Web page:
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Dublin: 9°C Saturday 19 June 2021

Earthy, homely and tasty: how to grow parsnips for this winter

Michael Kelly continues his Grow It Yourself series with a plant that provides the quintessential taste of winter

Michael Kelly Grower

EARTHY AND HOMELY, parsnips really do provide the quintessential taste of winter. They’re worth growing just for the smell you get when you pluck a parsnip from the soil on a cold winter’s day.

Unlike carrots, they are relatively easy to grow once you have persuaded them to germinate, needing very little attention. They will also stay in the ground quite happily through even the worst winter weather until you’re ready to eat them.


Dig the bed deeply in winter but do not manure as this causes forking in roots. Break down clods, rake well and add an organic fertiliser a week before sowing.

Most parsnip seed packets will tell you to sow them in February – don’t do it. It is far better to leave it until late April or early May. The seeds won’t germinate in cold, wet soil and later-sown parsnips are less likely to get canker. Germination takes up to three weeks.

Make a drill 1cm deep – if the soil is dry, dampen.Sow three seeds every 6 inches in rows 12 inches apart and cover in with soil.

When seedlings appear, pull out the two weakest ones. This spacing will produce medium sized roots. If you want larger roots go to 8 inch spacing.

How much to sow? The parsnip “season” runs from October to March – you start eating them fresh from the ground in October and you will be able to store them until March. After that any remaining roots will most likely start to rot.

So if you want to eat 3 parsnips a week for the 24 weeks between October and March you will need to grow 72 parsnips. In a standard bed (1.2m wide) you will get three rows of parsnips – if you space the parsnips at 6 inches in each row you will get 20 parsnips per metre, so you will need a bed 3.5m long to get 72 parsnips.

Source: Chris RubberGarden via Flickr/Creative Commons


Very little maintenance is needed. Weed carefully until the parsnips are well established. Watering shouldn’t be necessary except in dry spells.


Parsnips are ready to rock when the foliage starts to die away in autumn but the flavour improves after the first frosts. Leave in soil until they’re ready to eat but lift them by February.

Lift carefully with a fork. If you have water-logged soil in winter you should lift the crop and store it in a box of sand in a frost-free shed.

Recommended Varieties

Gladiator F1


Canker (a fungus that produces brown/black growths on roots) is the main issue. Avoid sowing too early and use canker resistant varieties. Rotate parsnips as part of your root rotation. Earth up parsnips in summer – this will prevent spores reaching the roots.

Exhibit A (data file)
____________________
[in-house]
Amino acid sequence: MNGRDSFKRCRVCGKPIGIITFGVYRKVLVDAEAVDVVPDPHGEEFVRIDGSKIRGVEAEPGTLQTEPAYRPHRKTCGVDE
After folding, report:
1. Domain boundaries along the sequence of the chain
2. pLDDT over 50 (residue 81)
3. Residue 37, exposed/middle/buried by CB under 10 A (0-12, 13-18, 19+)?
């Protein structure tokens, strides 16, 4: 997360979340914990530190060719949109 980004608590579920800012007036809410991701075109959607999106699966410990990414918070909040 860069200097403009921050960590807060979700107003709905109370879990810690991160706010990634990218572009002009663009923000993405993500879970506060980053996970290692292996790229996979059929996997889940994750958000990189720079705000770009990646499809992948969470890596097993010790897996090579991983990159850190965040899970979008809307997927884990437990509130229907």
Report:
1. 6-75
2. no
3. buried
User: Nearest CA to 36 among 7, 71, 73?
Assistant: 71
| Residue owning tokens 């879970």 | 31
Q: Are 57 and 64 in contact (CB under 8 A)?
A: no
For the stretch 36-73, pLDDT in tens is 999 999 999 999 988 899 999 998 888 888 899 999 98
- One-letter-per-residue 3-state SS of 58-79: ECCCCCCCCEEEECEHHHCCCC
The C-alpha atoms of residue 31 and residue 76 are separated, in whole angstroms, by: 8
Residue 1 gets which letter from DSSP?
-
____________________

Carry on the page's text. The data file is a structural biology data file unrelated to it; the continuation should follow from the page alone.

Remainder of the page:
Occasionally carrot root fly can be a problem.  You can prevent this as you would with carrots, by creating a barrier over or around the plants.

GIY Tips Always use fresh (this year’s) seeds – parsnip seeds don’t store well. Try sowing seed indoors in toilet roll inserts filled with compost. Once the seedling is established, pop the whole insert into a hole in the ground. Works a treat!

Recipe of the Week – Puy Lentil, Parsnip & Walnut Salad

Source: annieinchicago via Flickr/Creative Commons

I’m a huge fan of parsnips but often times I struggle to come up with creative ways to cook them other than cutting them into chunks and baking them. Here’s a Pippa Kendrick recipe that I came across in Jamie Oliver’s magazine that pairs parsnips with the nuttiness of Puy lentils and a delicious dressing – I like it a lot.


  • 6 parnsips
  • 1 litre vegetable stock
  • 250g puy lentils
  • bay leaf
  • 50g walnuts
  • 2tbsp olive oil

For the Dressing:

  • 3 tbsp walnut oil
  • 1 tbsp red wine vinegar
  • 2 tsp runny honey
  • ½ tsp Dijon mustard
  • shallot
  • ½ clove of garlic
  • a large bunch of watercress, or rocket leaves
  • A few shavings of vegetarian hard cheese, to serve


Preheat the oven to 200C/gas 6. Peel and trim the parsnips, cutting them into batons approximately 5cm long and 1cm thick.

Finely chop the shallot and crush the garlic.

Bring the stock to the boil, add the puy lentils and bay leaf and simmer gently for 25–30 minutes, or until the lentils are just tender but still retain some bite.

Drain the lentils, discard the bay leaf and set aside.

Place the walnuts on a baking tray and toast in the oven until lightly browned and fragrant.

Remove the tray from the oven, scoop out the walnuts, and add the parsnips in their place.

Drizzle with the olive oil and roast for 35 minutes until golden.

Make the dressing by whisking together the walnut oil, vinegar, honey, mustard and garlic. Season and stir in the garlic and shallots.

In a bowl, toss together the lentils, walnuts, parsnips and dressing. Place the watercress or rocket onto plates, pile on the lentil salad and top with shavings of vegetarian cheese.

Michael Kelly is a freelance journalist, author and founder of GIY.

Read: Thanks shallot – these little members of the onion family are finicky but worth it

Read: Give your a garden a running start: here’s how to tame runner beans


About the author:

Michael Kelly  / Grower

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